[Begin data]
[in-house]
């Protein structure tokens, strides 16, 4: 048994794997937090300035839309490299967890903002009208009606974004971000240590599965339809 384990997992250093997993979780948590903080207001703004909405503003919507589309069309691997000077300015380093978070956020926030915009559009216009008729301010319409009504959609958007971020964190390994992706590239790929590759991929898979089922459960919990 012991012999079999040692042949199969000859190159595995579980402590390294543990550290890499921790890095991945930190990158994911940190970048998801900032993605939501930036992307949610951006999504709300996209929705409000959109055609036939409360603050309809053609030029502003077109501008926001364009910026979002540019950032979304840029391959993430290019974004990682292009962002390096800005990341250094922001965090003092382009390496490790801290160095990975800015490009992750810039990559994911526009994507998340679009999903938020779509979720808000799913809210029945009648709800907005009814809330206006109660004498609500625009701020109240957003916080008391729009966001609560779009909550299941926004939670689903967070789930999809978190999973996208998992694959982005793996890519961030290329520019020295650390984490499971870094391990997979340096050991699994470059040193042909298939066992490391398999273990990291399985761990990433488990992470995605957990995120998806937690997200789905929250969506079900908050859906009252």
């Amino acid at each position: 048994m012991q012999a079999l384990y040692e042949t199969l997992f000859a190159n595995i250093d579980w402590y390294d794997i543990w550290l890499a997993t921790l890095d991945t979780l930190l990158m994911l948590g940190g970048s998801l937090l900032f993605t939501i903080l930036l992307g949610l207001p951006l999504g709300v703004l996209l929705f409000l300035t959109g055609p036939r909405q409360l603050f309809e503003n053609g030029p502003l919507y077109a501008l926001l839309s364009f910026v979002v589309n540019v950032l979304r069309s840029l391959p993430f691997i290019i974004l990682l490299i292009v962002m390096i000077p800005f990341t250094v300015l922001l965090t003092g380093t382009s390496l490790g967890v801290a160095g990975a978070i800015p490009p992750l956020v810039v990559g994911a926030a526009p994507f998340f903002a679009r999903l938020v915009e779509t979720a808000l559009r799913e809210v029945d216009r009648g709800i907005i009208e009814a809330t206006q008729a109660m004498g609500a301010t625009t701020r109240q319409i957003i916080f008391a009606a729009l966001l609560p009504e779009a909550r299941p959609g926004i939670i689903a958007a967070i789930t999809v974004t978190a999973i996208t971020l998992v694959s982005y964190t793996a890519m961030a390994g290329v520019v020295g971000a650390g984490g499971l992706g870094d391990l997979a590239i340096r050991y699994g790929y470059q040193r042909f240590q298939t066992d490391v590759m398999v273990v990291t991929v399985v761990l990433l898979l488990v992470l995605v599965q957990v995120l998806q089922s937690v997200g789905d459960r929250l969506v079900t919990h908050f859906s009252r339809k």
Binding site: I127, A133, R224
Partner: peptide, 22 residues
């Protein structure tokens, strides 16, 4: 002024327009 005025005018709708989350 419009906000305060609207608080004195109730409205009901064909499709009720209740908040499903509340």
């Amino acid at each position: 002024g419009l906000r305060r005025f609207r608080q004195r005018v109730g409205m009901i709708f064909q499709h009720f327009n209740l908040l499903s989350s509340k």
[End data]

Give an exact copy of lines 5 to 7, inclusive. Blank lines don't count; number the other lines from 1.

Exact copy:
Partner: peptide, 22 residues
């Protein structure tokens, strides 16, 4: 002024327009 005025005018709708989350 419009906000305060609207608080004195109730409205009901064909499709009720209740908040499903509340």
């Amino acid at each position: 002024g419009l906000r305060r005025f609207r608080q004195r005018v109730g409205m009901i709708f064909q499709h009720f327009n209740l908040l499903s989350s509340k």